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Keynes’s General Theory

Keynes’s General Theory

Seventy-Five Years Later

Edited by Thomas Cate

This volume, a collection of essays by internationally known experts in the area of the history of economic thought and of the economics of Keynes and macroeconomics in particular, is designed to celebrate the 75th anniversary of the publication of The General Theory.

Chapter 15: Keynes after 75 Years: Rethinking Money as a Public Monopoly

L. Randall Wray

Subjects: economics and finance, economic psychology, history of economic thought, post-keynesian economics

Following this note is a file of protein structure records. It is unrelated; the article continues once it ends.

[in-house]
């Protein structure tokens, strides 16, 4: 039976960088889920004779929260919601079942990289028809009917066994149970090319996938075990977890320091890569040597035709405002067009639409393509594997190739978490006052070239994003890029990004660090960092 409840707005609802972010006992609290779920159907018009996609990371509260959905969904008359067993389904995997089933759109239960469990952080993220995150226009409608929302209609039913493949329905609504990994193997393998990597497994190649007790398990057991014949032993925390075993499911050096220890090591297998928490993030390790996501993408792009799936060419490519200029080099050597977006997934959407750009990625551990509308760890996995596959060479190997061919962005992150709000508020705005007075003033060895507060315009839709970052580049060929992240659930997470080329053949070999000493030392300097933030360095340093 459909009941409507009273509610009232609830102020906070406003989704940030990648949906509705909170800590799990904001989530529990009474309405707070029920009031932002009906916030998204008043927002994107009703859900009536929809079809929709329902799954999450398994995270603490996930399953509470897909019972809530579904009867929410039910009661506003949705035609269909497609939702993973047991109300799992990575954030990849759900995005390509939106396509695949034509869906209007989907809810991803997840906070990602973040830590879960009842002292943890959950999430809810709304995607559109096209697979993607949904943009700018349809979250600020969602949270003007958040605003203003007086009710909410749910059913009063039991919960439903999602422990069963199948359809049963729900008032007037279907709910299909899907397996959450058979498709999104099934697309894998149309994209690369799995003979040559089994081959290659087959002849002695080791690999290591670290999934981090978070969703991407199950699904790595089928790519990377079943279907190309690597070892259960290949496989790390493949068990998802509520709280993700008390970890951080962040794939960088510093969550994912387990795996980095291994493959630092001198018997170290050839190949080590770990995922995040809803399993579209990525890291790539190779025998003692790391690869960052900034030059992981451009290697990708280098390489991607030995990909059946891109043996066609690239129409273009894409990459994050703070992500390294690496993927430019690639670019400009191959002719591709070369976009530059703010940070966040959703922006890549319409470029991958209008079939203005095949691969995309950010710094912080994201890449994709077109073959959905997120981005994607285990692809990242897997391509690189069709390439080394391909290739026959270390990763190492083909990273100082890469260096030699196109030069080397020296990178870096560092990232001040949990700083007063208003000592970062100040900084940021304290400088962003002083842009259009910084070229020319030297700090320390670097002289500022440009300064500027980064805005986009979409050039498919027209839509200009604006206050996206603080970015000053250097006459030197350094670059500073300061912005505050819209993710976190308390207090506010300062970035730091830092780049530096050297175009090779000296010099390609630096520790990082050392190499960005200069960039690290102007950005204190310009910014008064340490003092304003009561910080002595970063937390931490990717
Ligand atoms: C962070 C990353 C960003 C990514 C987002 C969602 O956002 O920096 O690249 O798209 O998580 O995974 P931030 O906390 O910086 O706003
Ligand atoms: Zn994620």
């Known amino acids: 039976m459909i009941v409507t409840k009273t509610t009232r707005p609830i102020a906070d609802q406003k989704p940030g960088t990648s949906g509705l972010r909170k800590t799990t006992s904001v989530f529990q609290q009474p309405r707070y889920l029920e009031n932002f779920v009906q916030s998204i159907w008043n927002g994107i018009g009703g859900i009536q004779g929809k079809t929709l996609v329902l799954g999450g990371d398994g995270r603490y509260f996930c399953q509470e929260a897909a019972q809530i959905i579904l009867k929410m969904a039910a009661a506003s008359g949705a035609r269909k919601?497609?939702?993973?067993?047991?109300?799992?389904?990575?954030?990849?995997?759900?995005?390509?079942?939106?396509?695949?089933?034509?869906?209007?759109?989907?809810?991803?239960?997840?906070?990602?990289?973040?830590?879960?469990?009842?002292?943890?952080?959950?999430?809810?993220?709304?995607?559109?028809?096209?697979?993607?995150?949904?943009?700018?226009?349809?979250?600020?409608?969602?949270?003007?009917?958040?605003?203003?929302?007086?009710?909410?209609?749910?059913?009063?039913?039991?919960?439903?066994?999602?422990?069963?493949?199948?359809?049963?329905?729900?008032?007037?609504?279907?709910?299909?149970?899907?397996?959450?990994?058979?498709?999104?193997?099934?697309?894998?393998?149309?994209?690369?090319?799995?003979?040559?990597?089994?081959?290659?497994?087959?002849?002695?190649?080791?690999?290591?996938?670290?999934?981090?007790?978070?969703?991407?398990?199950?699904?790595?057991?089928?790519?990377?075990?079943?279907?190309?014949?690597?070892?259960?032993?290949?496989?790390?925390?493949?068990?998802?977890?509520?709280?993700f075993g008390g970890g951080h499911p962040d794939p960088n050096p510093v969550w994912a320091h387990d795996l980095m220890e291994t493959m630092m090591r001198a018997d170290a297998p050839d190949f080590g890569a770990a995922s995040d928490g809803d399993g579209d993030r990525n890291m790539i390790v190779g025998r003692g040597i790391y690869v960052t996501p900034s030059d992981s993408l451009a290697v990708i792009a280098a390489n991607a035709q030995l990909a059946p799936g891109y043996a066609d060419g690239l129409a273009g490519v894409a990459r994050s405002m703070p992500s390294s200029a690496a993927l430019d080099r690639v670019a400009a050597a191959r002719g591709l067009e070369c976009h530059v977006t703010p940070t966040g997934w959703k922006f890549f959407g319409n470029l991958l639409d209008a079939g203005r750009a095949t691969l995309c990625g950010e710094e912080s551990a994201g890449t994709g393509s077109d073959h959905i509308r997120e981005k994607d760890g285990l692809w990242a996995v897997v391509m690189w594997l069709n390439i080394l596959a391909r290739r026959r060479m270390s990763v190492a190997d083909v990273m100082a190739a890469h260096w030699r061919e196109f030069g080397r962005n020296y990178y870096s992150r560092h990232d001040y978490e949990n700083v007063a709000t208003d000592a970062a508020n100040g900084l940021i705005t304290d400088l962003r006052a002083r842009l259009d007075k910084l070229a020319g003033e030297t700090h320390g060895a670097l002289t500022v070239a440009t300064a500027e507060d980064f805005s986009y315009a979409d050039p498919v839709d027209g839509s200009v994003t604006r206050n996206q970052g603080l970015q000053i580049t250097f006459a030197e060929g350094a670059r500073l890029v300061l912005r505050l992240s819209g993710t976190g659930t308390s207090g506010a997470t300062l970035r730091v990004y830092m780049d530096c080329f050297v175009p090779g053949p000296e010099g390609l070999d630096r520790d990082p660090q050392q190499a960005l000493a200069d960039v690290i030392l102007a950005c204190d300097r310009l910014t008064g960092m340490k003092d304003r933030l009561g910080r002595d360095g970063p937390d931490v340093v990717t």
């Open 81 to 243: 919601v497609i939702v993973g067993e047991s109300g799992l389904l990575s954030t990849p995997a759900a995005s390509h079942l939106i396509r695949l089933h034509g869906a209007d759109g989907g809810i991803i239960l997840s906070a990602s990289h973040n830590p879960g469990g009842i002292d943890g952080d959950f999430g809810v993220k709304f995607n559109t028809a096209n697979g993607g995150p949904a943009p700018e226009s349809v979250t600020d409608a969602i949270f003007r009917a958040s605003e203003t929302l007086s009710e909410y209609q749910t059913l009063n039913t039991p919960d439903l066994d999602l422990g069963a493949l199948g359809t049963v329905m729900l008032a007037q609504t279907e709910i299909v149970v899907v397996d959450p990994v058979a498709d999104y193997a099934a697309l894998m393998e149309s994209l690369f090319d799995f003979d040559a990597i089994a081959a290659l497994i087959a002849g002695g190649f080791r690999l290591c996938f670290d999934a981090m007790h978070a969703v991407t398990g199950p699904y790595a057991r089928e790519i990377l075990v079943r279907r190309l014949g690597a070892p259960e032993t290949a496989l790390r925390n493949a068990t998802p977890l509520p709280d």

L. Randall Wray INTRODUCTION In this chapter I first provide an overview of alternative approaches to money, then focus in more detail on two main categories: the orthodox approach to money that views money as an efficiency-enhancing innovation of markets and the Chartalist approach that sees money as a creature of the state. I then move on to a brief examination of the implications of viewing money as a public monopoly. I then link that view back to Keynes, arguing that extending Keynes along these lines would bring his theory up to date. ALTERNATIVE APPROACHES TO MONEY No matter how hard macroeconomics tries to keep money in the background, it refuses to play its assigned role as a neutral veil. Indeed, many of the most important debates – including the divisions between schools of thought – were driven by differences of opinion over money’s role in the economy. To be sure, postwar IS-LM Keynesians gave monetary policy a backseat, however, insatiable desire for money results in recessionary liquidity traps that can be resolved only through appropriate fiscal expansion. In Milton Friedman’s hands, money (and bad monetary policy) was said to be the cause of all inflations and depressions. Robert Lucas claimed monetary surprises led optimizing agents to take extended vacations, standing on line for hand-outs of soup and bread as equilibrium GDP falls until nominal prices adjust. Turning to the latest fads and fancies, in the New Monetary Consensus, only careful monetary management can align market interest rates with natural rates to...

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